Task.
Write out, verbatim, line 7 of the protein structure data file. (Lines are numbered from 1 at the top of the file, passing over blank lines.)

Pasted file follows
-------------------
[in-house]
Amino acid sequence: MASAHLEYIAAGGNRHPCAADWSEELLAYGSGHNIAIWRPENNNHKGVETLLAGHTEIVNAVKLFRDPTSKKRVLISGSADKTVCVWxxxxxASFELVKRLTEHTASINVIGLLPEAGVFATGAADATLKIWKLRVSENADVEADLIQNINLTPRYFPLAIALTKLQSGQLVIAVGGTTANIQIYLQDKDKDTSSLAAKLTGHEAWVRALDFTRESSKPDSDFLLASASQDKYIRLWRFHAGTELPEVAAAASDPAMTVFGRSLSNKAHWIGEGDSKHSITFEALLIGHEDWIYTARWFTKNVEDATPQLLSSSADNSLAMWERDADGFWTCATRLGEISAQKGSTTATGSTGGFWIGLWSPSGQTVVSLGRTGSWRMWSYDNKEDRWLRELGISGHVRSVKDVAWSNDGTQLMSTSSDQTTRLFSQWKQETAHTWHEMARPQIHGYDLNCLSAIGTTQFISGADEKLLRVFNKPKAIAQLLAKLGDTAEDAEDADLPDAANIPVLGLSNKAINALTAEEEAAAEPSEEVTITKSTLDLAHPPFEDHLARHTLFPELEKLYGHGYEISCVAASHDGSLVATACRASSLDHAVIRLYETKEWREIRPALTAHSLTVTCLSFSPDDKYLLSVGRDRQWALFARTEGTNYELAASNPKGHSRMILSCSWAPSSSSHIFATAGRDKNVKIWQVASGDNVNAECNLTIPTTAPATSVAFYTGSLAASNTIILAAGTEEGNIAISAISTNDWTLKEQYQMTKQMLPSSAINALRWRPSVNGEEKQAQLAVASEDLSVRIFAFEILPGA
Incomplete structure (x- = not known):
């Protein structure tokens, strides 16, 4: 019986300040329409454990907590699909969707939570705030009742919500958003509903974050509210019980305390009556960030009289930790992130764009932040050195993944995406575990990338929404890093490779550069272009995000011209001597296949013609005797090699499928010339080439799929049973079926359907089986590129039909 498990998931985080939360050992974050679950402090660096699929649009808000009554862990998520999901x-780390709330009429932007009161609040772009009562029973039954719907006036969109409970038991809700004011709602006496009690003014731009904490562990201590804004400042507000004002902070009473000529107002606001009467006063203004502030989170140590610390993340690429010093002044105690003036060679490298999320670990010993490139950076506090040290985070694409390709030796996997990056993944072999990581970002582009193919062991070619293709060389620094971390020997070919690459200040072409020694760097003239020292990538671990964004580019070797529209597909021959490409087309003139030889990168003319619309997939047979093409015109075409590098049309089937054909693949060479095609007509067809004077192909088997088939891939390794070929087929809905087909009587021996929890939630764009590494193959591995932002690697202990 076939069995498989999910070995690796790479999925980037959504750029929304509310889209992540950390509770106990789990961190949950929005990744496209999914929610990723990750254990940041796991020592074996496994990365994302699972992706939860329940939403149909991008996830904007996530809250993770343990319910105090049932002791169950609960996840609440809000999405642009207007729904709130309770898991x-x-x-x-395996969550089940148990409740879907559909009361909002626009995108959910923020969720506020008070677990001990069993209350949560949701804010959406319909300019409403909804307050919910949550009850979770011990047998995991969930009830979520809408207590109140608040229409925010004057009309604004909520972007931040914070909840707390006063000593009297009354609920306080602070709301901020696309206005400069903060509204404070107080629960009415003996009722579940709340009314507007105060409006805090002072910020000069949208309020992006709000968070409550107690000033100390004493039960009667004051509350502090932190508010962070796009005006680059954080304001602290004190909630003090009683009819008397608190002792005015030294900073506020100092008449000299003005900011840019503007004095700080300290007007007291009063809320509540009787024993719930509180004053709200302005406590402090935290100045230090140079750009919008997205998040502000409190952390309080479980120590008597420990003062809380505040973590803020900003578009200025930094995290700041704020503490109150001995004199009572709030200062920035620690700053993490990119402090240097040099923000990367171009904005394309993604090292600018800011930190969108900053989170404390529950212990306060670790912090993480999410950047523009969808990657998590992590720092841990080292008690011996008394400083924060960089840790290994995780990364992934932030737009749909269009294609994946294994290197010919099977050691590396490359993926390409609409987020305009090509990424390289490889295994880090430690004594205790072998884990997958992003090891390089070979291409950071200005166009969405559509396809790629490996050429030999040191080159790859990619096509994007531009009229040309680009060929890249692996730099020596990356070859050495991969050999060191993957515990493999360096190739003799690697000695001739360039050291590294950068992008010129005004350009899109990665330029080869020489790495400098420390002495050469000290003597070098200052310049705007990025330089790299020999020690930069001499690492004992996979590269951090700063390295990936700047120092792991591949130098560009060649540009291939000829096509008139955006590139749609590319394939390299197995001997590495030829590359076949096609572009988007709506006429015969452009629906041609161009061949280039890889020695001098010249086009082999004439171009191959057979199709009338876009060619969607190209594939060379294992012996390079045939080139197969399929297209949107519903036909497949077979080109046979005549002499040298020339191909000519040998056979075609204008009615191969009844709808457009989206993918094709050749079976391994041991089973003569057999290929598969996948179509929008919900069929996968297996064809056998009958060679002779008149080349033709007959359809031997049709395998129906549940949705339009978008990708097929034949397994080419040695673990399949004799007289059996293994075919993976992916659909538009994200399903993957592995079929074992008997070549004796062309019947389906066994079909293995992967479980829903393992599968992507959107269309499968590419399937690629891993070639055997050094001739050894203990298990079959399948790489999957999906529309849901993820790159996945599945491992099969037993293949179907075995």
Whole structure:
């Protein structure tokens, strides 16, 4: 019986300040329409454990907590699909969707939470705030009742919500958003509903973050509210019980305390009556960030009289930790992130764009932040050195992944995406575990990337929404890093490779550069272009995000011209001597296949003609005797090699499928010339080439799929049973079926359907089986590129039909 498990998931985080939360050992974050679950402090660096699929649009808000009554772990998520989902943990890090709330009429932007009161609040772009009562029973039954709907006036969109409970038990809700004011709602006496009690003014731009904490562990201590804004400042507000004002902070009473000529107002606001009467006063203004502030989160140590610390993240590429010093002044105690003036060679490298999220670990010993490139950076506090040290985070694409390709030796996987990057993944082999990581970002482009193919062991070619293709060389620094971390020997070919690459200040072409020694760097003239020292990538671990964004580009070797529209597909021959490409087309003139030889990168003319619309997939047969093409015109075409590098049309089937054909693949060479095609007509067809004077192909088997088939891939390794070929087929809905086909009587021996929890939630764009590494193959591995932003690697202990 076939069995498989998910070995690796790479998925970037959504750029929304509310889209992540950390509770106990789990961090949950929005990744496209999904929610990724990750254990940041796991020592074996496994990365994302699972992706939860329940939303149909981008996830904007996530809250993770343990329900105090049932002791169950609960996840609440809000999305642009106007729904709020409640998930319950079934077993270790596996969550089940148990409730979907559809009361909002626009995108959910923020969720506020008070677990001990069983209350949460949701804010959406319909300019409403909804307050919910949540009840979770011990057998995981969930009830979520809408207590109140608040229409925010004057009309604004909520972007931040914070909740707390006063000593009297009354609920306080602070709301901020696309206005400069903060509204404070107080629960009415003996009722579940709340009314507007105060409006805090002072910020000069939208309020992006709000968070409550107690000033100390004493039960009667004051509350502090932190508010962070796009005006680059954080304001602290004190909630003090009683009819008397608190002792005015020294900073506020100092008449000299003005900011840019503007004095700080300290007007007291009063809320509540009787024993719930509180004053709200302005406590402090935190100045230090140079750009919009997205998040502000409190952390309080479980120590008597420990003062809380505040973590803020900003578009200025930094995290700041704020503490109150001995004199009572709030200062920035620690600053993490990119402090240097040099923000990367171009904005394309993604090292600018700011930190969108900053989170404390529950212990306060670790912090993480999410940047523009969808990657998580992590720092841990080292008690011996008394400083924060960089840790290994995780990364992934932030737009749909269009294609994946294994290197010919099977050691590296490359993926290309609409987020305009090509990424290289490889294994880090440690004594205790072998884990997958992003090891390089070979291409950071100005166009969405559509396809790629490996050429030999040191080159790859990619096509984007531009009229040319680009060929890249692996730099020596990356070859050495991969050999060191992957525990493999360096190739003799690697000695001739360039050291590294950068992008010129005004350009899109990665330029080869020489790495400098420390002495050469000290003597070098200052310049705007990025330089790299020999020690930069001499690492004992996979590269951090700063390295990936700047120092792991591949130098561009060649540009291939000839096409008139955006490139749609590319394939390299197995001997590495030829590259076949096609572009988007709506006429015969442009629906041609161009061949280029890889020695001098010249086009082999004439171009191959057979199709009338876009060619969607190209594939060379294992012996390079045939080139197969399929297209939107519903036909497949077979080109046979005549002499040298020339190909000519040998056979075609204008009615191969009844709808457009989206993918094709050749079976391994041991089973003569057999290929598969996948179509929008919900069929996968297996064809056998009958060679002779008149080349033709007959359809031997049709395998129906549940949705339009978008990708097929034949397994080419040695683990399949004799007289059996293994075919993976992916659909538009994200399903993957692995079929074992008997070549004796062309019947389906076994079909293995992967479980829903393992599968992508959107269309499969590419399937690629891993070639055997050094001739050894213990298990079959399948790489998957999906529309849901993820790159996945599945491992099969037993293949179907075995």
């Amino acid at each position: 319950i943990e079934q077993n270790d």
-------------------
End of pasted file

């Amino acid at each position: 319950i943990e079934q077993n270790d």